It was only one year ago that two of Pete Carroll’s offensive coordinators had taken over programs of their own.
The USC coaching tree was reaching out across the college world.
Lane Kiffin was the first to bolt for a head job, but that did not end well, as less than two years later Kiffin was looking for a job again.
In Kiffin’s defense, it is the Oakland Raiders we are talking about here—not the ideal situation for success lately.
Around the time Kiffin had been fired from Oakland, the Washington Huskies made it known that the current head man, Tyrone Willingham, was going to be replaced by the end of the season. Kiffin, looking to get into the college ranks, lobbied for himself to be a candidate for the position.
Eventually, Kiffin found his way to the University of Tennessee, a traditional power program in the SEC East that had fallen on hard times. Meanwhile, the University of Washington decided to go after Steve Sarkisian of USC, the offensive coordinator after Kiffin.
Despite Kiffin’s experience in the NFL, both men started a journey as head coaches for NCAA programs during the same year. How do the two men’s performances compare for the first season?
The edge here simply has to go to Tennessee for the inaugural class for each coach. The Tennessee class hauled in the top overall rated recruit in Bryce Brown and brought in a top 10 class overall. With limited time, and making up for lost time after Willingham stopped recruiting after stepping down, Sarkisian was only able to pull in 19 kids.
Going into the season, the programs were in drastically different states. Phil Fulmer had seen better days in the Tennessee Orange, but he was a respected coach who had enjoyed success, including a national title, with the Volunteers. Kiffin had the better program to work with and ended up with the better record at 7-5.
Sarkisian, on the other hand, took over a team that had not made a bowl since 2003. The Washington Huskies were coming off their program's first zero-win season and just needed ANY kind of hope. Sarkisian gave them just that with an upset of his former team and flirted with bowl eligibility for the first time in years.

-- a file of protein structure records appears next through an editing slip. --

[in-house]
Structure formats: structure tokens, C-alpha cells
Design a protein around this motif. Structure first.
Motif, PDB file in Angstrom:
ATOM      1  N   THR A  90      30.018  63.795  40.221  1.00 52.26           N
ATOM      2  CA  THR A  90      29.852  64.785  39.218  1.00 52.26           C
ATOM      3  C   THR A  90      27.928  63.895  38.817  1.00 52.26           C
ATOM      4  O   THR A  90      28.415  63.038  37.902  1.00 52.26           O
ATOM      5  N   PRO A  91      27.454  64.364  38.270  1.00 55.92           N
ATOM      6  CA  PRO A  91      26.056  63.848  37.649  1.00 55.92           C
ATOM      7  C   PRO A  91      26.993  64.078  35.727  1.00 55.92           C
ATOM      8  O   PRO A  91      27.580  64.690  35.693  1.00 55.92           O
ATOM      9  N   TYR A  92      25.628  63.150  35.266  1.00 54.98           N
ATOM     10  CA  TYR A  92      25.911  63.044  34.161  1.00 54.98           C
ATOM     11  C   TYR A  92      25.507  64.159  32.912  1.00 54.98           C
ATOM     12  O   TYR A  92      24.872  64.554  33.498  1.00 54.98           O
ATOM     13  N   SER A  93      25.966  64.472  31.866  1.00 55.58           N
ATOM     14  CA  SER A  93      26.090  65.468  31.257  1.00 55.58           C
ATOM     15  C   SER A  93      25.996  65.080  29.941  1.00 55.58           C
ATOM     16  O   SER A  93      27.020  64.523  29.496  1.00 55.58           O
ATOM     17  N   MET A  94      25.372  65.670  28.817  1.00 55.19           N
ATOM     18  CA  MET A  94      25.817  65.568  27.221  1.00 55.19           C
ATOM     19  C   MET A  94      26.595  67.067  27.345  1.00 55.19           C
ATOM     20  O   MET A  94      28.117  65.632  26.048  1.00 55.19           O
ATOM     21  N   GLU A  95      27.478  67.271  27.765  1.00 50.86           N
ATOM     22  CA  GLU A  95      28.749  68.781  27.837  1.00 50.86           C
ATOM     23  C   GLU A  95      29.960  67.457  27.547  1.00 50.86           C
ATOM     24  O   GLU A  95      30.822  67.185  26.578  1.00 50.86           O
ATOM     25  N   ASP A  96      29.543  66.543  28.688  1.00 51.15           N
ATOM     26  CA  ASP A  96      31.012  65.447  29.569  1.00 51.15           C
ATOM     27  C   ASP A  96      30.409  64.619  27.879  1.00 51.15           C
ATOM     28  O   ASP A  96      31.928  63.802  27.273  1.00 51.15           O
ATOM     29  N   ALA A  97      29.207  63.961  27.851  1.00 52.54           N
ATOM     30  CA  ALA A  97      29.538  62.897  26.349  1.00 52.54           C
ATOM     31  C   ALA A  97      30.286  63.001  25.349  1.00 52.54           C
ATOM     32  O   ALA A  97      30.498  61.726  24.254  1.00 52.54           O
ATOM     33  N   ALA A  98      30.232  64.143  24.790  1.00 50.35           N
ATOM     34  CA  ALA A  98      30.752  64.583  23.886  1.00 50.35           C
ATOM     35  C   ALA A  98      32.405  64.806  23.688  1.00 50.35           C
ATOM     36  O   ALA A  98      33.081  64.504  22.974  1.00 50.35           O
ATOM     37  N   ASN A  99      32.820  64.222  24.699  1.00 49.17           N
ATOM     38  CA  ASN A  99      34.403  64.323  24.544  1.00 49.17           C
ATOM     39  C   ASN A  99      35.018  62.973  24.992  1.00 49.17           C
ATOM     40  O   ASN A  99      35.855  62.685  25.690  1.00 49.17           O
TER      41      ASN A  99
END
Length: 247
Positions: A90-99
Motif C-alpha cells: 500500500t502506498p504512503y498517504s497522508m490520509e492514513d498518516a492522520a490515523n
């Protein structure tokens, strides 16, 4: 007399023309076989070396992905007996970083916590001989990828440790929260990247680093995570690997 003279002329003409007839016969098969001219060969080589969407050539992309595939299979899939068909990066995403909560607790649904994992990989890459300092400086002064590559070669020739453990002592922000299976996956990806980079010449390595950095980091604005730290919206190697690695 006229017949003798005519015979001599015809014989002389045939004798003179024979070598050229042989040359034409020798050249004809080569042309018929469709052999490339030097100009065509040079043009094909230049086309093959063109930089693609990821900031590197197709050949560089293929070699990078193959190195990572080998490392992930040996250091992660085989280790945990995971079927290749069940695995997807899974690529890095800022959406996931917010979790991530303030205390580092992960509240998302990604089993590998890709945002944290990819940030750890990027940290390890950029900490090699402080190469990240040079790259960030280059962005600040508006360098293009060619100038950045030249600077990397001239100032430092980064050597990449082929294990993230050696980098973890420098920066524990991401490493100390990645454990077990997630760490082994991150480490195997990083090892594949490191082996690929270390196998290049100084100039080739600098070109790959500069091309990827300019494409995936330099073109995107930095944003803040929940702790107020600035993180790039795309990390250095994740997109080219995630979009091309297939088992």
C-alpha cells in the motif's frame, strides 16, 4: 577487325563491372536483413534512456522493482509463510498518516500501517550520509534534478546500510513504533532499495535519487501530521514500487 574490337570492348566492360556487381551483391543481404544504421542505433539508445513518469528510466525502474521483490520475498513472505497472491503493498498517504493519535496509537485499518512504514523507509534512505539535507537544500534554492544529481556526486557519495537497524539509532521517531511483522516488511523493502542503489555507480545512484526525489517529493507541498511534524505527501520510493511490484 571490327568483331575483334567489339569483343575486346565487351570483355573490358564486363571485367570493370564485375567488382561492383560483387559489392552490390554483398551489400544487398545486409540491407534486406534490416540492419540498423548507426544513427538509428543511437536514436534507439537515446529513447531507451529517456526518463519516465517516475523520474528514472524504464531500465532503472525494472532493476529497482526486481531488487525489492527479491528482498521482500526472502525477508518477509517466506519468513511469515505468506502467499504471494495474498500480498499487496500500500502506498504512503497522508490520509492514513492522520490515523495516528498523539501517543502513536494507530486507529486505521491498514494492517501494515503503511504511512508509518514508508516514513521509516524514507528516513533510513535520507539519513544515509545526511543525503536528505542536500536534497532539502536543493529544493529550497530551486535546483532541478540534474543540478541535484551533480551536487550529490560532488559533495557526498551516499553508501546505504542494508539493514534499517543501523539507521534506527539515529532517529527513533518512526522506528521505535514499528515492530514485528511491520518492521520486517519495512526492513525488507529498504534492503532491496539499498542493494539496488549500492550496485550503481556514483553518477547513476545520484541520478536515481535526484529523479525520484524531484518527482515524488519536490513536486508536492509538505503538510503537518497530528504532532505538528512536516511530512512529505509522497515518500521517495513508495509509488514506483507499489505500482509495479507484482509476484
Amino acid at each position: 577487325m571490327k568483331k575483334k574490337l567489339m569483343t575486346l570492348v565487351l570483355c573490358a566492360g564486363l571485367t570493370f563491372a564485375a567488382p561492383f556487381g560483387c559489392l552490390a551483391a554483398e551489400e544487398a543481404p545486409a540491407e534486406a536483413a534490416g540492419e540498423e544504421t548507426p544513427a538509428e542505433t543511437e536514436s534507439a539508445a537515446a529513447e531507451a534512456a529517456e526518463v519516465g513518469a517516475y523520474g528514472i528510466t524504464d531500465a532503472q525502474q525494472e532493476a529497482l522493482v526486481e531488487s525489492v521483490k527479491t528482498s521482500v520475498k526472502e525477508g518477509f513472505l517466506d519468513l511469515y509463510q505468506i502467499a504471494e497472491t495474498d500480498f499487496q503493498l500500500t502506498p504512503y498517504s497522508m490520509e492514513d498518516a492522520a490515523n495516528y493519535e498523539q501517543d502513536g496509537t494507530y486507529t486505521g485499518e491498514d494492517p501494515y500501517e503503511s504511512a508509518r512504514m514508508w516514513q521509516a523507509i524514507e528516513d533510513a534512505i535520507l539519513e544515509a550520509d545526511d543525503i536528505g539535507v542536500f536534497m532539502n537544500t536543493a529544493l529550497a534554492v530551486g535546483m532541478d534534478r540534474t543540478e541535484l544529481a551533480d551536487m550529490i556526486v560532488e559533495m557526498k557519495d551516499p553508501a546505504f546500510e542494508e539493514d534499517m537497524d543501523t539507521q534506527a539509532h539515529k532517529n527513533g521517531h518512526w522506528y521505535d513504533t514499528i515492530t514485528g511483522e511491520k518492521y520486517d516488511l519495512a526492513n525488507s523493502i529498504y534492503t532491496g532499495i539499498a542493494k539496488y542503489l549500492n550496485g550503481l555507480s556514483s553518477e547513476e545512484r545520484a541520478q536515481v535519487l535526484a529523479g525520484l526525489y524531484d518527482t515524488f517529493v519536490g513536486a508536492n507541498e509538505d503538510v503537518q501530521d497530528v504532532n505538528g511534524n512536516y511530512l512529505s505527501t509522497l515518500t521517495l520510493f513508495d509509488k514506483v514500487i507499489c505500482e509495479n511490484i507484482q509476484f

Kiffin’s Volunteers had the better record—they made a bowl after all—but Sarkisian’s Huskies turnaround was a more impressive five-win improvement.
Going into 2010
After the 2009 season both coaches set out to work on building their programs for the future, but it was not meant to be. The longstanding rumor that Pete Carroll was going to give the NFL another try came to fruition, and suddenly the USC Trojans had an opening at the head coaching position.
Who were the two easiest candidates to think of? Lane Kiffin and Steve Sarkisian.
A lot of things go on behind closed doors that we can only speculate about. Was Sarkisian offered the job? Who would have been preferred, Kiffin or Sarkisian?
The familiarity both would have brought to the program, and the similar personalities to Carroll led to the easiest transitions. When given the opportunity to come back and try to maintain what Carroll had started, Kiffin jumped at the opportunity.
We don’t know for sure if Sarkisian was offered, but what we do know is that he stayed in Seattle. He wants to build his own successful program, not maintain a current juggernaut.
Going into the 2010 season, Kiffin and Sarkisian will now get to compete year after year for the Pac-10 they dominated during their days at USC. There is no doubt that Kiffin has the stronger program at this point, but Washington is rebuilding and will not be a team you can take lightly much longer.
USC hauled in what some call the No. 1 class in the nation, but Washington also pulled in a top 10 class coming off a five-win season. There is little doubt that these men can recruit, which should lead to some epic recruiting battles in the future.
Either way, the storyline is set for years to come as the two former coworkers lead two of the West Coast’s traditional football powers. Kiffin needs to keep the USC machine moving, while Sarkisian is rebuilding his in Washington.
After one year the jury is still out on who will make the better head coach between the two men. Kiffin has a more experienced staff and with a more talented team produced a better record.
Sarkisian had to completely change the culture and mentality of a program, came off zero wins, and still only produced two fewer victories than Kiffin’s Vols did. The numbers may favor Kiffin, but I’ll take Sarkisian’s performance in year one anytime.
As for the future?
It will be difficult to maintain the high level of success Pete Carroll established at USC, but Kiffin has put himself in an excellent position to succeed. He has the energy and experienced staff to maintain the high level of play that leads to a nine-win season being disappointing.
Sarkisian has experienced the high level of success on the USC staff and has a plan to get Washington to that position. The resources are there, but the coaching hires have been the issue since Washington’s last Rose Bowl win. Finally it appears Washington has found a coach that gets it and understands the massive potential on Montlake.
Do not be surprised if USC and Washington are fighting it out at the top sooner rather than later.
Originally posted at The Sports Chronicle Blog.